Probably, most of us can remember a day when something happened at school and the last thing I want to do is get up and go back to school the next day.
Often we segregate embarising trials to elementary school or high school days. Probably, most of us can remember a day when something happened at school and the last thing I want to do is get up and go back to school the next day.
We may segregate embarrassing trials to our primary school days, but the reality is that many of us face embarrassing trials well after high-school.
- Perhaps it is a mistake we make at work.
- Perhaps it is the fact that our kids do not always follow what we taught them.
- Perhaps we realize in our bold-headed pride we have sinned against someone.
And in some of those cases, someone desires to rub our embarrassing trial in our face.
Have you ever been in the place where you are struggling because of an embarrassing trial and you know there is someone who is going to rub it in your face?
Perhaps you were not in high school,
but like a high school-er, the next morning, you did not want to get out of bed.
This is what David felt like. There was something that shamed him, and the wicked one’s were rubbing it in his face.
David writes a Psalm that boasts of God in the midst of this kind of struggle, but also challenges unbelievers to a prosperous living found only in God.
This Psalm is a chiasm. I have provided a detailed outline in your handout describing that structure.
If you remember from last week, I explained that this Psalm is a chiasm. I have provided a detailed outline in your handout describing that structure.
- Remember, the key to a Chiasm is to find the key.
- It places a central message at the center of the Psalm and then provides related thought in parallels, flowing out from that central thought.
What does David tell his enemies who are shaming him?
They ought to know that God hears the prayers of the Godly.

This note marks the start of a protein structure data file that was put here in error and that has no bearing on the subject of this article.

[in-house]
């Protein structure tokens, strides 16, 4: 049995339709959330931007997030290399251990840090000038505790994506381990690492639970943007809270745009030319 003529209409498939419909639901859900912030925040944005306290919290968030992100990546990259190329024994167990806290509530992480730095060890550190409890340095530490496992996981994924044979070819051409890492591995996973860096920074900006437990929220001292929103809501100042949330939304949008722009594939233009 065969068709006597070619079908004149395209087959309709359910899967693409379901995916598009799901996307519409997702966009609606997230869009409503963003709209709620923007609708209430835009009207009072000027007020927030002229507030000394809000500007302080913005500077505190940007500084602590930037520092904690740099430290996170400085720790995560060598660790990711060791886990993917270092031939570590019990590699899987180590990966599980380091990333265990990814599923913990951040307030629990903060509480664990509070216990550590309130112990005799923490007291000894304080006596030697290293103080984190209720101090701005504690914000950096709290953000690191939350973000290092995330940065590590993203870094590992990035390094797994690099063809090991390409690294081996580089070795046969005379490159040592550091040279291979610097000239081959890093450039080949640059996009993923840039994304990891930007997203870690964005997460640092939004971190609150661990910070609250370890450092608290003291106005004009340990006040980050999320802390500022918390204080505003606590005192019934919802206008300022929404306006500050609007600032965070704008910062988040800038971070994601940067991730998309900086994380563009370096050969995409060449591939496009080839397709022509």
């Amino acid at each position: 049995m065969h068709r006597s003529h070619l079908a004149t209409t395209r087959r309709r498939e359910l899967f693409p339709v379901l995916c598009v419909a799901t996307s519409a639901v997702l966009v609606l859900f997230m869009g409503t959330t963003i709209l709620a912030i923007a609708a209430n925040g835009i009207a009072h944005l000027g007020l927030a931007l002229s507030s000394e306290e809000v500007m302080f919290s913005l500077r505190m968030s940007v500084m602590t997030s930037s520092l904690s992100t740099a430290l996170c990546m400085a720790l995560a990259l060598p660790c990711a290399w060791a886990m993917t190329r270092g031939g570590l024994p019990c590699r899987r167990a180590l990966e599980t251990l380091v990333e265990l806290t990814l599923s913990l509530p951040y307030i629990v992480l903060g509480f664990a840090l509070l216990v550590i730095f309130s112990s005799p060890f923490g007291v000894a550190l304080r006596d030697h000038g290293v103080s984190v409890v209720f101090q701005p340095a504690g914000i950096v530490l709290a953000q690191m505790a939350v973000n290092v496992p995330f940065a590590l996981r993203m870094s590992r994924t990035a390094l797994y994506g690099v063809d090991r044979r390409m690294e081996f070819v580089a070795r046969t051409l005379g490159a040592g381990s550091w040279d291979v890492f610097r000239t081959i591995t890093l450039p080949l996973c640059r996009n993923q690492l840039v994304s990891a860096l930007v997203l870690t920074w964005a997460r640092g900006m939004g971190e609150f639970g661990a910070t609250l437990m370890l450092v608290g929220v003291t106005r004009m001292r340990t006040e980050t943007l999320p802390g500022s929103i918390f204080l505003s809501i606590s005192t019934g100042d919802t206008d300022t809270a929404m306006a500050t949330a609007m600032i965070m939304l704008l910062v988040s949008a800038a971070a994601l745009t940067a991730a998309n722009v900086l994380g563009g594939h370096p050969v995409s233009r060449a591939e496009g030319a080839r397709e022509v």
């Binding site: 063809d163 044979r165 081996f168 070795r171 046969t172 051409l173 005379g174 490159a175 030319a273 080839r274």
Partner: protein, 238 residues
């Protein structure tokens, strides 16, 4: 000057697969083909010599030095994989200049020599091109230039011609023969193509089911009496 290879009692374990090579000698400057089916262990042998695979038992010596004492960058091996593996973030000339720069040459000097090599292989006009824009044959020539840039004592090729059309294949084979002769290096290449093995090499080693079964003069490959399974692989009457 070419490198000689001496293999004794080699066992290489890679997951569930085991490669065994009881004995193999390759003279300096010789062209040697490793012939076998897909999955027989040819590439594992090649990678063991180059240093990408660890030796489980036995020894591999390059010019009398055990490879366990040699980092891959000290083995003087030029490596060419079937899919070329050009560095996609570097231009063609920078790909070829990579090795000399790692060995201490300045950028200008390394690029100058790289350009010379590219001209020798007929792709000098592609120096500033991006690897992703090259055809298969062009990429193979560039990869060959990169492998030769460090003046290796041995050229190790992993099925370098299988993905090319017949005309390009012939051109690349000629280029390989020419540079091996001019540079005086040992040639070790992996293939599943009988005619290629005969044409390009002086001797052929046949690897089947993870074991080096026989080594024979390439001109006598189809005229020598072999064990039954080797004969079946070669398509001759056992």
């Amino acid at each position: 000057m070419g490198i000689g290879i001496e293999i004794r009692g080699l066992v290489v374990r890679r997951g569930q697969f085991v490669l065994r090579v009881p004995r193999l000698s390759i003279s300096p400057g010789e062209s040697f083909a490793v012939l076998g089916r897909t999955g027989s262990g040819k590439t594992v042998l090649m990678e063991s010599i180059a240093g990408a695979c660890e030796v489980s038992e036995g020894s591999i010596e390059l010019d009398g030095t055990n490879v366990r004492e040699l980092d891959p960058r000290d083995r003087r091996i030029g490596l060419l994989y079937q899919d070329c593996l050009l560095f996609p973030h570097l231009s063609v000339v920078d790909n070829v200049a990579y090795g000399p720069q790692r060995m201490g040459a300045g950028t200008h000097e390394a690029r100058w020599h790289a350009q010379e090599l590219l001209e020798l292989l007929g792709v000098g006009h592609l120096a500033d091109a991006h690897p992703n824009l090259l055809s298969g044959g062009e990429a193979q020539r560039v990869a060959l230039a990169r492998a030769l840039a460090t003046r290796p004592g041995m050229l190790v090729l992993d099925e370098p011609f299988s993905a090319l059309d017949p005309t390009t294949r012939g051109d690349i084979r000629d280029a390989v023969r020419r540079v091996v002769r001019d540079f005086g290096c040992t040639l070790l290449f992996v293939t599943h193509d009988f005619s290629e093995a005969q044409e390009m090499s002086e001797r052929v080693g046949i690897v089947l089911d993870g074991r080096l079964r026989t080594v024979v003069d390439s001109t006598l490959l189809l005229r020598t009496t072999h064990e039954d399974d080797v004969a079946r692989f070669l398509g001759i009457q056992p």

AND
Likewise,

Proposition: Each one of us ought to trust that God hears our prayers.

Transition: How do we know God hears our our prayers?

tells what true worshipers are like.

First, notice that the believers have a relationship with God.
Psalm 4:3 ESV
3 But know that the Lord has set apart the godly for himself; the Lord hears when I call to him.
God has set His people apart from the ungodly and he hears our prayers.
-That is a simple statement, but what a profound statement.
When I make a request to God, through the work of Christ, God hears my prayers.
- That alone should boast our confidence in any situation.
- On Sunday we read which makes exactly this point. What trial is outside our ability to call upon God? Because he hears our prayers we can have confidence that no trial can ever over take us.
At the same time that David boasts that God hears our prayers,
he also tells us what separates the ungodly unbeliever from the consecrated believer.
How is related to the purpose of the Psalm?
In what way are the Godly separated from ungodly?
We are told in that true believers who are separated unto God, have the following character traits.
Psalm 4:4–5 ESV
4 Be angry, and do not sin; ponder in your own hearts on your beds, and be silent. Selah 5 Offer right sacrifices, and put your trust in the Lord.
So what are the traits?
a. Fear the Lord.
Our ESV and NKJV translates this “Be angry”.
Alternatively,
- the KJV translates “Stand in Awe”
- and the NASB translates “Tremble”.
- NET: “Tremble with Fear”
NET Note: “The psalmist warns his enemies that they need to tremble with fear before God and repudiate their sinful ways.”
This word is better translated the idea of tremble.
“Tremble and do not sin”.
Trembling has the idea of fear, we ought to tremble before God and give him reverence.
Trembling has the idea of fear, we ought to tremble before God and give him reverence.
b. Obey God.
Do not sin.
c. Meditate on the Lord.
“ponder in your own hearts on your beds, and be silent.”
d. Obey the Sacrificial system.
“Offer right sacrifices”
Now remember, we do not offer sacrifices like in David’s day.
- David’s day looked for to the all sufficient sacrifice of Christ.
- Thus, we look back at the sacrifice having no need for any other. We look back upon Christ.
e. Trust in the Lord.
“and put your trust in the LORD. ”
What do we put our trust in?
- Ourselves?
Psalm 20:7 ESV
7 Some trust in chariots and some in horses, but we trust in the name of the Lord our God.
The point, the don’t trust in what they can accomplish, but in God.
- or God!
The Godly are consecrated because they trust in God.